Barriers To Business Intelligence
Business intelligence suffers from a strange dichotomy: It's among
the most highly desired business technologies, a roughly $10 billion-a-year
market growing at more than 10% a year, yet it has difficulty proving
The main barriers to BI adoption are: cost and complexity.
According to a 2007 InformationWeek survey of 388 business technology
professionals, over 30 percent of respondents claimed that BI
vendors were unable to demonstrate the benefits of BI to internal
Whilst most companies purchase BI software to solve a specific
problem in one business unit, few are able to use the resulting
data silos to explore cross-company impacts, such as how a 5% drop
in market share affects manufacturing, finance, and procurement.
One of the main reasons for this lack of cross organizational capability
is that no vendor excels in all areas of business intelligence.
This means that customers generally have to pull together the various
For instance, some BI users are cutting edge in customer scoring,
operational analysis, and predictive analytics. However, to gain
that capability requires:
- Millions of dollars on data
warehouses and software for moving and analyzing data - 40%
of the cost involved in developing sophisticated analytics and
modeling for a 30-Tbyte Teradata
data warehouse comes from moving data between systems.
- Specialized IT talent
- Significant businesss time to set up and manage.
Although Teradata sells analytical apps for forecasting demand,
a separate application must be implemented to extract data from
the data warehouse and feed it into SAS analytics, which runs models
for that function. SAS is a great analytical tool but not a data
warehouse, and Teradata is the best data warehouse around but not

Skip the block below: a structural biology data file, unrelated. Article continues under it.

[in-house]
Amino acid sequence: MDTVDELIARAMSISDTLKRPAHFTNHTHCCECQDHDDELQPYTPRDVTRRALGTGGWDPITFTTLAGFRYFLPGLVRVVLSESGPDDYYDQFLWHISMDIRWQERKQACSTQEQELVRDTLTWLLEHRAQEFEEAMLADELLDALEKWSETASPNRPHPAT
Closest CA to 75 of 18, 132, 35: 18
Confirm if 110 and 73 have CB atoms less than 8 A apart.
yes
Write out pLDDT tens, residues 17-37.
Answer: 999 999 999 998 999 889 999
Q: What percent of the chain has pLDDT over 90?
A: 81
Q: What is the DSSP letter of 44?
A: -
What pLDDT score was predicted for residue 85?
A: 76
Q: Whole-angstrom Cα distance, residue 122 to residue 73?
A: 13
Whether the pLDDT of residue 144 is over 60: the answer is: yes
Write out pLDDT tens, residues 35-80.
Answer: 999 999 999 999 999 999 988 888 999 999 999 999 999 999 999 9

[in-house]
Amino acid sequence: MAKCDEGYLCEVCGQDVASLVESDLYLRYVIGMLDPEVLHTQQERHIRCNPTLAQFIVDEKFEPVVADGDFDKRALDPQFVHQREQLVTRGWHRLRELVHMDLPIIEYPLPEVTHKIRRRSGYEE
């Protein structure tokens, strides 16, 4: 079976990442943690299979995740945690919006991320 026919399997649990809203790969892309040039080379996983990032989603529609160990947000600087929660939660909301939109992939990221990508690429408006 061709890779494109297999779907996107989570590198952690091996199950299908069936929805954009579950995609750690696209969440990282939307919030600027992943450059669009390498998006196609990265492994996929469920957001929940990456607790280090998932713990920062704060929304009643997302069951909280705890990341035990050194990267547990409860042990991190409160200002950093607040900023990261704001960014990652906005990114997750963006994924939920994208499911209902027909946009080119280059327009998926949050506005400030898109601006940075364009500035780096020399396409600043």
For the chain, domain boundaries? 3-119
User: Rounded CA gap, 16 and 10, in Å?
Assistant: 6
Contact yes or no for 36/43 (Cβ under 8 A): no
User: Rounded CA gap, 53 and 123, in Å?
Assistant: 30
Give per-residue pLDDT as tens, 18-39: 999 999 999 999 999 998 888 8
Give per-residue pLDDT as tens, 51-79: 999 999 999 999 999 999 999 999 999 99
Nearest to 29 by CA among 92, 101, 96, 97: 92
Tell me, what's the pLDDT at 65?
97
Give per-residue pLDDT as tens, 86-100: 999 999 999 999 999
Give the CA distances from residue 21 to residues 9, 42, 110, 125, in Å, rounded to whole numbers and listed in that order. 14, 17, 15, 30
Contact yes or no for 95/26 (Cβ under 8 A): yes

a good analytical tool.
Businesses also want tools that blur the line between data transactions
and decision support, delivering operational BI applications with
built-in analytics, and performance management software. Could this
be the reason SAP has acquired
SAP CEO Henning Kagermann commented that "blending Business
Objects' data crunching capabilities with SAP's industry knowledge
for end-to-end business processes with embedded analytics."
This statement seems contrary to SAP's promise to keep Business
Objects a separate unit.
How successful that union will be depends upon the level of integration
they will achieve.
Claims that SAP's previous BI tools and data
warehouse have not been successful, requiring an intertweeing
data warehouse between SAP and Business Objects, really don't mean
much when you consider the totally different processing and data
transfer capabilities of a transactional ERP/CRM system compared
to an OLAP analytical application.
Many BI vendors, such as Business Objects are working to better
integrate reports into operational processes. This may include:
- Upgrades to Crystal Reports - to produce reports from data.
- Better support for XML and Adobe Flex - making it easier to
create reports from operational data and act on that information.
- Reporting needs to become an integral part of an operational
Smaller niche BI vendors such as SeeWhy Software are focussing
on enabling "actionable BI." SeeWhy constantly compares
incoming data with historical information and trends, flags anomalies
[such as a regular customer not making a booking at the usual time]
and sends alerts to customer service reps.